Furthermore, the public image of the anti-corruption campaign in Nigeria is tarnished domestically and internationally with extremely slow progress to move on numerous anti-corruption commitments made by the Government. 14 commitments were made as part of the Open Government Partnership effort. In some cases, a modest progress has been made. However, majority of the 14 commitments are unfulfilled. 20 commitments were also made by the President Buhari’s administration in London 2016 during an anti-corruption conference. Of this number, not a single commitment has been completed three years thereafter. 50% of anti-corruption commitments are under way while 25% are inactive. 25% of commitments are in progress.
Public participation and active reporting of corruption is seriously hindered by the absence of the Whistleblower Protection Act that would ensure the protection of the Whistleblowers from dismissals, suspensions, harassments, discriminations or intimidation. Let us be clear, no country can make progress without insider reportage of corruption abuses.
Corruption in the defence and security sector contributes significantly to the human despair and economic stagnation across Nigeria. While the Nigerian defence budget has soared more than 500% in the last 10 years, insecurity and breakdown of the rule of law in some parts of the country continue unabated. CISLAC and other civil society groups have been consistent in proposing immediate solutions – Ban senseless Security votes, which accounts in total for around $670 million (N241.2 billion) annually, a sum that exceeds 70 percent of the annual budget of the Nigeria Police Force; more accessible defence budgets for public scrutiny; appoint civilian oversight in charge of military procurement and encourage culture of reporting of corruption within the ranks and files of the Nigerian armed forces. These are recommendations articulated and received from a wide range of stakeholders working across this thematic issue, raising concerns as to the usefulness and genuineness of the motive of having security votes in place.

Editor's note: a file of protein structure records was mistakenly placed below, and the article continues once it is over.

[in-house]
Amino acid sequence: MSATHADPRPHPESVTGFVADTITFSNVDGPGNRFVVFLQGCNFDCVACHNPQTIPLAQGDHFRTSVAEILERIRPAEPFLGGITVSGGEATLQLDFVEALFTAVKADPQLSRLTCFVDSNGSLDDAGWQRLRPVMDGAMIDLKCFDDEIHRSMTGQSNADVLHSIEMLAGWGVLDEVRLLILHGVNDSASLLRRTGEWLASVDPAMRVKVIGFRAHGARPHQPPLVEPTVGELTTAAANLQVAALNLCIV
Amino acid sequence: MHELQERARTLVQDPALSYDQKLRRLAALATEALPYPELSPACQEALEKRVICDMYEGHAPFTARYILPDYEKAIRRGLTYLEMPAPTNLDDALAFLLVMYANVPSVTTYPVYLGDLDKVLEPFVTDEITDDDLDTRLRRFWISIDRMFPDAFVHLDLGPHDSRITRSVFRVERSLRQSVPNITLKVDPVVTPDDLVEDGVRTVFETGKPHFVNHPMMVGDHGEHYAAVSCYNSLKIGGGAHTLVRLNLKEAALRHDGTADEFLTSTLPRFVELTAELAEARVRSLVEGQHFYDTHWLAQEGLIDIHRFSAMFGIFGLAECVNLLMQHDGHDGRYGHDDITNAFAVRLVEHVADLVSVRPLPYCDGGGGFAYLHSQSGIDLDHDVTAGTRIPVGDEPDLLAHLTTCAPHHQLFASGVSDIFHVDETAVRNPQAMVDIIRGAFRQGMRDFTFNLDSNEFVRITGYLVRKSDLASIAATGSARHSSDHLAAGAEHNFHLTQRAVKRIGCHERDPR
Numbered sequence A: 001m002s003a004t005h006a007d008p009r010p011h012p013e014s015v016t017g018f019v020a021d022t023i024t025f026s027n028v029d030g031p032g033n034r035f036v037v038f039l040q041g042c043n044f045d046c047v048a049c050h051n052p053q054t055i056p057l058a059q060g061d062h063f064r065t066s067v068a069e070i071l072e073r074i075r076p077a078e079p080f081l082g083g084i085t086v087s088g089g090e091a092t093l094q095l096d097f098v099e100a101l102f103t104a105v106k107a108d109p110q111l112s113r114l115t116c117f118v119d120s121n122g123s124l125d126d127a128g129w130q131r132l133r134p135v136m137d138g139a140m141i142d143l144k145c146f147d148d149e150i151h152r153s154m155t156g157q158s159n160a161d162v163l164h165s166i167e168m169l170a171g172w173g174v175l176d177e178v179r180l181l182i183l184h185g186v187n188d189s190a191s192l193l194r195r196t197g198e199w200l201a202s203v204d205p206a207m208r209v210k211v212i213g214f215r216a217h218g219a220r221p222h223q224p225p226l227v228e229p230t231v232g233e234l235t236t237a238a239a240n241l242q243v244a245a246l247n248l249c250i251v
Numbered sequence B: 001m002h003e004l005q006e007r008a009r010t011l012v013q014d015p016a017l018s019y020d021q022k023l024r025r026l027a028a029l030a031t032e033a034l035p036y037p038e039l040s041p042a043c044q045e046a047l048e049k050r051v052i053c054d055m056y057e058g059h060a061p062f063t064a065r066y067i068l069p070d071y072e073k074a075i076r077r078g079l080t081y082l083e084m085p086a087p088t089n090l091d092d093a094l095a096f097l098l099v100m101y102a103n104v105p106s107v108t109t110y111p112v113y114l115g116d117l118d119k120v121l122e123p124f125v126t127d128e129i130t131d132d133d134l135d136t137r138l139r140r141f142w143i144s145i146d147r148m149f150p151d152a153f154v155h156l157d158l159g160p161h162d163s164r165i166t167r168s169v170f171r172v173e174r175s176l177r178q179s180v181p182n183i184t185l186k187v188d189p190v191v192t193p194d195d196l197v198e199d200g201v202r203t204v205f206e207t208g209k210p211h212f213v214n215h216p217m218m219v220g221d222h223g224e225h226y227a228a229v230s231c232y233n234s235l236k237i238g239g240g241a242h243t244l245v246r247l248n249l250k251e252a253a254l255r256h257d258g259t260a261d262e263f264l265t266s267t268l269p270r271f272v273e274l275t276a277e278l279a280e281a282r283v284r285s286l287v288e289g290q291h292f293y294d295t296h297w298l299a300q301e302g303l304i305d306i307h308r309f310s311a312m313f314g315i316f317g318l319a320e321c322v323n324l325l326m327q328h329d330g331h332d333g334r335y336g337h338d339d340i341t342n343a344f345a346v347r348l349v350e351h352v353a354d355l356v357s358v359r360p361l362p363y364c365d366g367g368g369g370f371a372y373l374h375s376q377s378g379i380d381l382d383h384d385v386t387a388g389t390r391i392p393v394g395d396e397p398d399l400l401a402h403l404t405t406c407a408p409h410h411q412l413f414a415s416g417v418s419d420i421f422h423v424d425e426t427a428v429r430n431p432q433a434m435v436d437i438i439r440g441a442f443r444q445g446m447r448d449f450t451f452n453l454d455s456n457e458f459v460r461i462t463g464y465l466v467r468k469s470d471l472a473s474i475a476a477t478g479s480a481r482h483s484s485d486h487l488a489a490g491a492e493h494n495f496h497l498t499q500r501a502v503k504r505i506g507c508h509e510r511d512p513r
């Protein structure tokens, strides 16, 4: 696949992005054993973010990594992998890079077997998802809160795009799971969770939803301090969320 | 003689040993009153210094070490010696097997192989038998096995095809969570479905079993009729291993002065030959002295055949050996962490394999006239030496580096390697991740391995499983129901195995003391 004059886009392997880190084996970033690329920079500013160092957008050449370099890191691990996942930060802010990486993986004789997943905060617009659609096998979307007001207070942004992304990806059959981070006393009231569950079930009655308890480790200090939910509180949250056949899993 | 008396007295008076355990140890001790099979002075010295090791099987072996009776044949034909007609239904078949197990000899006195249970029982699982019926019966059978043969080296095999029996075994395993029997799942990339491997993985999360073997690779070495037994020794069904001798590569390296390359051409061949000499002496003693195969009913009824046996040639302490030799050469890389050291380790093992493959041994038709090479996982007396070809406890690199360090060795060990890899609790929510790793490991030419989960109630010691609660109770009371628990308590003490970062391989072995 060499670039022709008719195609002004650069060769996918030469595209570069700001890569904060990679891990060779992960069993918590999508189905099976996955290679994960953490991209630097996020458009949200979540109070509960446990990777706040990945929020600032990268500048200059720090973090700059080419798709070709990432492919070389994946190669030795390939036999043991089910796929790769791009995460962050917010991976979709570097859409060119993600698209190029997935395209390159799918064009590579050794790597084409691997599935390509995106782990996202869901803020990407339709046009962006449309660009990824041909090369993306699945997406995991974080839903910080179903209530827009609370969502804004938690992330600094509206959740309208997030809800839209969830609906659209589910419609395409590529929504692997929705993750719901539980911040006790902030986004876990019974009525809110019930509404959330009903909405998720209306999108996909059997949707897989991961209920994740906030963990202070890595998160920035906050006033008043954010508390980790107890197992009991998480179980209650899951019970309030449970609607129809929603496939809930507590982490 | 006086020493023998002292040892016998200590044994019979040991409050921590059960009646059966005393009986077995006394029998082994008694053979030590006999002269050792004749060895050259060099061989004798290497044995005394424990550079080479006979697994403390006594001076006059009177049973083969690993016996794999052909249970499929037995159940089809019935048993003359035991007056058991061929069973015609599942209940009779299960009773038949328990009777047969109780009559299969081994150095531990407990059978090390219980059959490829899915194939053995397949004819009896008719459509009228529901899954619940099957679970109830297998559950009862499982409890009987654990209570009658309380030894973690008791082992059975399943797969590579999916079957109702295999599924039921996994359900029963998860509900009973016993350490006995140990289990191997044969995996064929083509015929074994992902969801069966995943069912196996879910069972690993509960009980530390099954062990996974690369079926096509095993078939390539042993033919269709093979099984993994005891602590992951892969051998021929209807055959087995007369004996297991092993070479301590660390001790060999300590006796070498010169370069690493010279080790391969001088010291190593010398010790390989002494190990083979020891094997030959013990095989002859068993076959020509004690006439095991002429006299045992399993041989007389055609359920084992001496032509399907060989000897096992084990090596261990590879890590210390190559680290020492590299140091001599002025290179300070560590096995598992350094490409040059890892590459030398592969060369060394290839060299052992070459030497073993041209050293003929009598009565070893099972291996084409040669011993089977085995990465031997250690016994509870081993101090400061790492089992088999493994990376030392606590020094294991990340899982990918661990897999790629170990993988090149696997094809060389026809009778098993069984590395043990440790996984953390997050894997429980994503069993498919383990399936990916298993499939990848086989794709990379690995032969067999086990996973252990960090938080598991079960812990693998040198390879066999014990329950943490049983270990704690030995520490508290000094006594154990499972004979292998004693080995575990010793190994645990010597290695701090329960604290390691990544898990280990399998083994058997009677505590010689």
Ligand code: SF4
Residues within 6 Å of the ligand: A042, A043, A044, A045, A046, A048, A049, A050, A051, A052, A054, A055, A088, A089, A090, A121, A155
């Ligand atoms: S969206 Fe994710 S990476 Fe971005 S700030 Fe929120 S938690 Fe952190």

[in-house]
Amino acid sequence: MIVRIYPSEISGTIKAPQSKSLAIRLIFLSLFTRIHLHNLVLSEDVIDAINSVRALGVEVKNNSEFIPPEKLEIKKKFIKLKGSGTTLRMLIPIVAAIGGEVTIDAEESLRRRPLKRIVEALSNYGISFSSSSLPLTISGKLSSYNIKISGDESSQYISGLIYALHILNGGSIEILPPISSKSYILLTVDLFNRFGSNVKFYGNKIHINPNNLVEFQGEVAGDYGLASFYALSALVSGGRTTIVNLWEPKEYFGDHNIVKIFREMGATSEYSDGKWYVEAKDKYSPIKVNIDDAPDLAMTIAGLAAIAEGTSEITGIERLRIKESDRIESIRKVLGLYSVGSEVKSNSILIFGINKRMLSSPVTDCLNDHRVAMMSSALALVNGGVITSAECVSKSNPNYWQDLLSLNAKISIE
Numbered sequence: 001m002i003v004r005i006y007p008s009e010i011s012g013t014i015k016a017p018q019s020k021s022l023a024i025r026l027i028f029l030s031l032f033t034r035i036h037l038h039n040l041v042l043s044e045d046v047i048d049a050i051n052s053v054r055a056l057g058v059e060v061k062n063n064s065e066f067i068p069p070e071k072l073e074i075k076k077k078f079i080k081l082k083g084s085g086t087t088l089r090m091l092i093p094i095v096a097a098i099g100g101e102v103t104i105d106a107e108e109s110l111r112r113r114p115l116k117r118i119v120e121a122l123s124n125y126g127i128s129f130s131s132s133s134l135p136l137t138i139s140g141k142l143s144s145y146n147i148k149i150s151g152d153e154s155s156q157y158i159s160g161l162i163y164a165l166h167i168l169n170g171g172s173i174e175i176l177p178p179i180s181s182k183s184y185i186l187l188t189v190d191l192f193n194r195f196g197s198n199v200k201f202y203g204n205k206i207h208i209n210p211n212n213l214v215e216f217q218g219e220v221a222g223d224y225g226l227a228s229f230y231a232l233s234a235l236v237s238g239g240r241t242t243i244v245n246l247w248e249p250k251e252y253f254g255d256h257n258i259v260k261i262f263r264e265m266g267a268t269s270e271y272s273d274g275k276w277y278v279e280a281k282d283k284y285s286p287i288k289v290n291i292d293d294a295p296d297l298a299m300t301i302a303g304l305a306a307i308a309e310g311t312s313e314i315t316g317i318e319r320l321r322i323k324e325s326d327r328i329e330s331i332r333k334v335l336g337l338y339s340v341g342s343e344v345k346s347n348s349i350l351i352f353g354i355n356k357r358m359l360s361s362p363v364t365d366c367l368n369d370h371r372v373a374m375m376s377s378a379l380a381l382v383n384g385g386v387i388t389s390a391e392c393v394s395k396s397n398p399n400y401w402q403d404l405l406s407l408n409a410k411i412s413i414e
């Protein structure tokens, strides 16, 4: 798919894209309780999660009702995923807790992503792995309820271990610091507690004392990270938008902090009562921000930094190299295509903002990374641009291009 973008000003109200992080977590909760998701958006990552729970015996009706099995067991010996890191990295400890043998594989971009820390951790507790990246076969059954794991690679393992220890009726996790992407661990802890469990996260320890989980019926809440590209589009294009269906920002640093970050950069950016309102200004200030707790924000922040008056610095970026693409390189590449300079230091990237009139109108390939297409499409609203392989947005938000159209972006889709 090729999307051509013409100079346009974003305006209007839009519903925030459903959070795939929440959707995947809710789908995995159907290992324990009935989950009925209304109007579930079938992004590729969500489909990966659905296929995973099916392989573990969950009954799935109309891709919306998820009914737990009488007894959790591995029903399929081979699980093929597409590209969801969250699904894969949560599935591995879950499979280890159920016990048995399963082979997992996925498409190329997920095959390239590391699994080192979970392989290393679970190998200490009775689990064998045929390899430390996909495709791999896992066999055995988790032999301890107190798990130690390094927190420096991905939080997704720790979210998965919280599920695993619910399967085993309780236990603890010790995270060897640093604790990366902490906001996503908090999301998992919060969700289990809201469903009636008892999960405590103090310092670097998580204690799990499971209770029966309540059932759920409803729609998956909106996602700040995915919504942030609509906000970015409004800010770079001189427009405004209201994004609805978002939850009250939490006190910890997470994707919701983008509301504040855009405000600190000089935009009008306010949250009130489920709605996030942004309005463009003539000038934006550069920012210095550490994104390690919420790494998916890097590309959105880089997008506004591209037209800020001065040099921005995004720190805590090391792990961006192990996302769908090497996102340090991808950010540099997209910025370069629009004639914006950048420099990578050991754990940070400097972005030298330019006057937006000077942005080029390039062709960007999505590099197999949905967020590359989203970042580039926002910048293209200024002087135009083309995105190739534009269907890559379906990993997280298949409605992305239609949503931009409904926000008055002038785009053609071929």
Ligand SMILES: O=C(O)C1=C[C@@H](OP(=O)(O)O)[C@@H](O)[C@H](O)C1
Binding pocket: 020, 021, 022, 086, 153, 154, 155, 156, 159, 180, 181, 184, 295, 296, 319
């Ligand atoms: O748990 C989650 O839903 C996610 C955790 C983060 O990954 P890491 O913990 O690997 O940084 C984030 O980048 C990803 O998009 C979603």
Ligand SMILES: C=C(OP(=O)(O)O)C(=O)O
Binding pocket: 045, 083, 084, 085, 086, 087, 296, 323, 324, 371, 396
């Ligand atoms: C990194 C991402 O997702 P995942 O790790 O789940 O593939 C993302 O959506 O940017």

This CPI score comes at a time when Nigeria is being tested while experiencing threats to its system of checks and balances, insecurity, corrupt judicial practices, undiminished graft in public administration at all levels, threats to press freedom, diminishing civil society space, as well as an erosion of ethical norms at the highest levels of power. Since the current administration came into power on the anti-corruption ticket, a very few politically exposed persons have been duly sentenced on anti-corruption charges.
Despite some indisputable evidence, many corrupt politicians and businessmen and women seem to be above the law and out of reach of law enforcement. Recent corruption scandals, including the GandujeGate, ShemaGate, DasukiGate, IkoyiGate, among others, have not seen diligent investigations, prosecutions and convictions of these cases and other Politically Exposed Persons (PEPs). The authorities need to understand that these acts deepen a sense of hopelessness among well-meaning Nigerians.
It would be wrong to ignore some positives in the governance field. Judiciary and anti-corruption agencies are making some progress in the number of persons convicted for corruption-related charges. Special judicial anti-corruption courts are getting faster and better in seizing of ill-gotten assets in non-conviction based trials. The Treasury Single Account (TSA) has reduced vast inefficiencies and corruption in the mismanagement of individual MDAs, banks and other financial institutions have introduced Customer Due Diligence and there are some signs that the huge amount of illicit financial outflows has partially reduced. The Freedom of Information Act is instrumental in slowly opening the transparency of public institutions by forcing them to disclose vital information to engaged citizens.